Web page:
As Amitabh Bachchan gears up for the release of his upcoming thriller Te3n, the legend shares his thoughts on shooting for the film in one of his favourite cities, Kolkata, his performances so far and his first boss at a shipping company in Kolkata.
Here are a few excerpts from the interview:
The promotions and marketing strategy of Te3n is relaxed and won’t have you promoting the film touring cities. Would you miss the promotional whirlwind considering that’s been the norm for all films lately?
We have not designed the campaign for the film in the usual way as a) we can’t afford it and b) those are the routes taken by artists and filmmakers who make huge budget films and who have fantastic collections.
Because our film is not going to give that sort of box office result we thought it would be a waste of money to put in so much funding in marketing the product.
You have always given a lot of emphasis on writers who work on films. Tell us about your body language and the nuances in your roles on screen. Has that been written down for you too?
This reminds me of my Sharaabi days when people used to tell me, “Sir kya style tha aapka. Kya chaal thi aapki, Jeb mein haath daalein aap dialogue bolte hue kitne achche lagte the”.
Unfortunately how do I explain to them that I was slouching because I had a medical condition. I had hurt my hand during one Diwali when a cracker burst on my hand and had a plaster to cover the same. Hence, I had to put my hand in pocket constantly to avoid the bandage from being seen.
it tough getting rid of your beard for the character of John Biswas in Te3n?
I was not convinced earlier because I have had a beard for too long. It’s an integral part of my being. And I was also worried about the numerous assignments that I was to work on simultaneously.
Luckily I figured that nothing else was clashing during the Te3n schedule like I suspected earlier. And then I was like ok, I have gotten rid of so many things with my multiple surgeries, letting go of the beard was just going to be temporary. But yes, I begged and pleaded with Sujoy and Ribhu to change their mind, but they were adamant about the look of the character I was playing. And then I surprised them with a ‘safaachat maidaan’
You also went behind the camera for one of the scenes in the film. Tell us about that experience?
I had to shoot using the small go-pro camera and an iPhone. It had to look like an amateur shot where the grandfather is filming his grand daughter as she talked and walked around. And I personally have experience in this as in my own life, I shoot my grand daughter very often when I want record some of her nuances. So it wasn’t that tough to begin with.
Trying to make a scene look real especially the ones with grief. Perhaps a loss of a dear one. How is it moulding yourself to feel that temporary pain at that moment?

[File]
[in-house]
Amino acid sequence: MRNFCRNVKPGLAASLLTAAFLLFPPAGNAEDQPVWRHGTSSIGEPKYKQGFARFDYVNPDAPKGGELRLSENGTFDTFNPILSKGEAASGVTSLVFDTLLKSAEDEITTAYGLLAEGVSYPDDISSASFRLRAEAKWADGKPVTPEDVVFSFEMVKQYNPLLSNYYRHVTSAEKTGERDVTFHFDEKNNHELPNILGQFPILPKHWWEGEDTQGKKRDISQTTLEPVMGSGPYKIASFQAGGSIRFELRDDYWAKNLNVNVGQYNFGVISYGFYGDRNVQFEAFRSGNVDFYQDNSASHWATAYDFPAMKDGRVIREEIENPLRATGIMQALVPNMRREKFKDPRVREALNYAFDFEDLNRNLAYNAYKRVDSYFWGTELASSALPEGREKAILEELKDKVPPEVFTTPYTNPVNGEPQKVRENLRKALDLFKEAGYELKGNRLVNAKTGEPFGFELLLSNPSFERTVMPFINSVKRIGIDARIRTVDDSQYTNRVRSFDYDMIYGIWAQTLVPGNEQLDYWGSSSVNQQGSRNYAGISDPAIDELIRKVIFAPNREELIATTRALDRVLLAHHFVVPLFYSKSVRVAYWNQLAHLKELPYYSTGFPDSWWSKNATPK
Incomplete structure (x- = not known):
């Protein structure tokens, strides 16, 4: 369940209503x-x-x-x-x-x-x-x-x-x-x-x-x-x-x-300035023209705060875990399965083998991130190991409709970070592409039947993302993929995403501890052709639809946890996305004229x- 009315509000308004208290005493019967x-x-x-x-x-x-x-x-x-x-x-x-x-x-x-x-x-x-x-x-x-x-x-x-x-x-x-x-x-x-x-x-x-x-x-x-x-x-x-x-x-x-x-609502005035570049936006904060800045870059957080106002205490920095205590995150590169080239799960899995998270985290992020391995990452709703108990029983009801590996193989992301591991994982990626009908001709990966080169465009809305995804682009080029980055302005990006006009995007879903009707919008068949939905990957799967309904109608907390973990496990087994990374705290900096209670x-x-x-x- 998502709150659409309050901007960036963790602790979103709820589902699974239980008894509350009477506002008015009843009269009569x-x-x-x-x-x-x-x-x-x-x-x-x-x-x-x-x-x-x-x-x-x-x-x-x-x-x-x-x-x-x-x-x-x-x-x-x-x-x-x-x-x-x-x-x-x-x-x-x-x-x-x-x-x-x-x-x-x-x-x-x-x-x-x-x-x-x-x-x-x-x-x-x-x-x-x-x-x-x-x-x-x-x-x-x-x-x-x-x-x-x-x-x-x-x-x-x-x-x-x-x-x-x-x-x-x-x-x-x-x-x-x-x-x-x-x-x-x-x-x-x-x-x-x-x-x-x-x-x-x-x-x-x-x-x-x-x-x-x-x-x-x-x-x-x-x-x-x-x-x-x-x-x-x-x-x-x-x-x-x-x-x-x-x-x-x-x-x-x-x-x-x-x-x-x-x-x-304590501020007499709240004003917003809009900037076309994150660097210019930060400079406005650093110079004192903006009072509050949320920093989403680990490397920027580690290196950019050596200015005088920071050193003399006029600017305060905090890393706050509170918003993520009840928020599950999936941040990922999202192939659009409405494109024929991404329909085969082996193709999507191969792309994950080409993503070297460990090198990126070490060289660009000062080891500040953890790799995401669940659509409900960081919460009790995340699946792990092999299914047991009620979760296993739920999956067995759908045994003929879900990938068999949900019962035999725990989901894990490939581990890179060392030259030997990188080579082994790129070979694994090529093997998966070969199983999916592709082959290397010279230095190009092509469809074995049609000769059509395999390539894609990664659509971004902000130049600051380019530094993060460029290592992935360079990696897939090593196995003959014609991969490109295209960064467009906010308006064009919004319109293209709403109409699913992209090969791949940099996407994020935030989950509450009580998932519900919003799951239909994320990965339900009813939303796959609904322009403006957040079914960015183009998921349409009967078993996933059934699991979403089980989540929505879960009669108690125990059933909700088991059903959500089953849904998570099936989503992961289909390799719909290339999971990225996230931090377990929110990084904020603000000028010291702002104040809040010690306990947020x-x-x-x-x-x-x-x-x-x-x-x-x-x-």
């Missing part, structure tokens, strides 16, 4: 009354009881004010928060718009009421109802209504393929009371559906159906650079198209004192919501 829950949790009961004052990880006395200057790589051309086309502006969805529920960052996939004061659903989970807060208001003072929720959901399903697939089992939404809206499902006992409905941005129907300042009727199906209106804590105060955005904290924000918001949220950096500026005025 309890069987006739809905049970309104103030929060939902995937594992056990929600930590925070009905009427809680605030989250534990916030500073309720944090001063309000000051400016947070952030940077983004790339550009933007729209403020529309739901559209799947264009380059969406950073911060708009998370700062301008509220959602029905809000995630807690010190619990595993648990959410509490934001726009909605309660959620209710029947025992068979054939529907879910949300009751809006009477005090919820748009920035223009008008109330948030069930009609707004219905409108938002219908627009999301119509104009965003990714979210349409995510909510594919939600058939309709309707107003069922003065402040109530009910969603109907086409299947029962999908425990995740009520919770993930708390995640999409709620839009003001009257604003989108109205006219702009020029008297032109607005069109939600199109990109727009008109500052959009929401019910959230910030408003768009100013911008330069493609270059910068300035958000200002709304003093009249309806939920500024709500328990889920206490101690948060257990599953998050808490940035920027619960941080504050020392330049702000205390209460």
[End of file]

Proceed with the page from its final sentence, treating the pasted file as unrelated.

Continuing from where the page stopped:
For example: if I have to act in a scene that my mother is dying. In reality I have experienced this only once. But in my films I have acted in such a scene innumerable times and had to portray the grief. But honestly, even after playing this scene 10 times over, when in reality when my mother passed I don’t think I had the same emotions on display.
In a way sometimes I wonder if that emotion has been rehearsed so many times that I don’t know what to do right now. Have I exhausted my emotion for an experience like this? These are the kinds of trysts that an artist experiences with emotions on display be it reel or real.
Shooting in Kolkata must have been a trip down memory lane. Your first job was also in the City of Joy. Are you in touch with your first boss?
It’s not possible to forget your first job, your first boss. Boss is someone who is perceived as a mentor. Even if you change your jobs, your first boss will always have your respect, just like you had when you were working for him. Even after so many decades, I still refer to him as Boss. And every time I am visiting Kolkata I make it a point to catch up with him.
Considering you are a legend in the industry, do you find that the younger, newer lot that work with you in films are constantly intimidated by your persona?
In fact it’s the other way round. I am the one who feels intimidated. Because they are full of energy and zest to be their best in front of the camera. I have been so lucky that I got to work with actors like Nawazuddin and Vidya or Irrfan and Deepika Padukone, who only brought out the best in me because they were so confident about themselves. And looking at their commitment to ace their scenes, it pushes me to be perfect too. I try and learn their lines too in a scene, because I don’t want to be stumped by their response to my dialogue.
Do you look at your body of work from films from the past and feel that you could have done it better?
I find lots of mistakes when I revisit my films, and I feel I wish I could go back and do this scene better than what I performed.
I am never satisfied with my performance. I think it’s very dangerous if anybody feels satisfied. Somewhere I feel satisfaction is not a word that creative people would like to associate with.